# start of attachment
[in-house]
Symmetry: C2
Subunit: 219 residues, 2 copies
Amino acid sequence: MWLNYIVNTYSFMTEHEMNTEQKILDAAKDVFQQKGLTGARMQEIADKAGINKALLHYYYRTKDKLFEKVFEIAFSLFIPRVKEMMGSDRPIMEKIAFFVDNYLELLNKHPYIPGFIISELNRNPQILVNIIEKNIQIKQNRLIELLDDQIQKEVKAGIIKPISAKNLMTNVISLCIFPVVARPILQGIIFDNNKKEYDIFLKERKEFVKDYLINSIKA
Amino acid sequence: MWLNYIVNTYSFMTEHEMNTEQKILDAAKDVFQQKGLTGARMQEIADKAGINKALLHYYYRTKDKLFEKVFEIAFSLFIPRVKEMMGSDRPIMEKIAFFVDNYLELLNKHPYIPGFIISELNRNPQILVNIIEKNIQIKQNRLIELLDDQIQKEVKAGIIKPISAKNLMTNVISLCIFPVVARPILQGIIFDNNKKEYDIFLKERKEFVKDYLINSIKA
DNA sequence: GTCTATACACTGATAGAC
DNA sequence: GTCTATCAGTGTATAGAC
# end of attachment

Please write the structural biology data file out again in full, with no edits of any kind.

[in-house]
Symmetry: C2
Subunit: 219 residues, 2 copies
Amino acid sequence: MWLNYIVNTYSFMTEHEMNTEQKILDAAKDVFQQKGLTGARMQEIADKAGINKALLHYYYRTKDKLFEKVFEIAFSLFIPRVKEMMGSDRPIMEKIAFFVDNYLELLNKHPYIPGFIISELNRNPQILVNIIEKNIQIKQNRLIELLDDQIQKEVKAGIIKPISAKNLMTNVISLCIFPVVARPILQGIIFDNNKKEYDIFLKERKEFVKDYLINSIKA
Amino acid sequence: MWLNYIVNTYSFMTEHEMNTEQKILDAAKDVFQQKGLTGARMQEIADKAGINKALLHYYYRTKDKLFEKVFEIAFSLFIPRVKEMMGSDRPIMEKIAFFVDNYLELLNKHPYIPGFIISELNRNPQILVNIIEKNIQIKQNRLIELLDDQIQKEVKAGIIKPISAKNLMTNVISLCIFPVVARPILQGIIFDNNKKEYDIFLKERKEFVKDYLINSIKA
DNA sequence: GTCTATACACTGATAGAC
DNA sequence: GTCTATCAGTGTATAGAC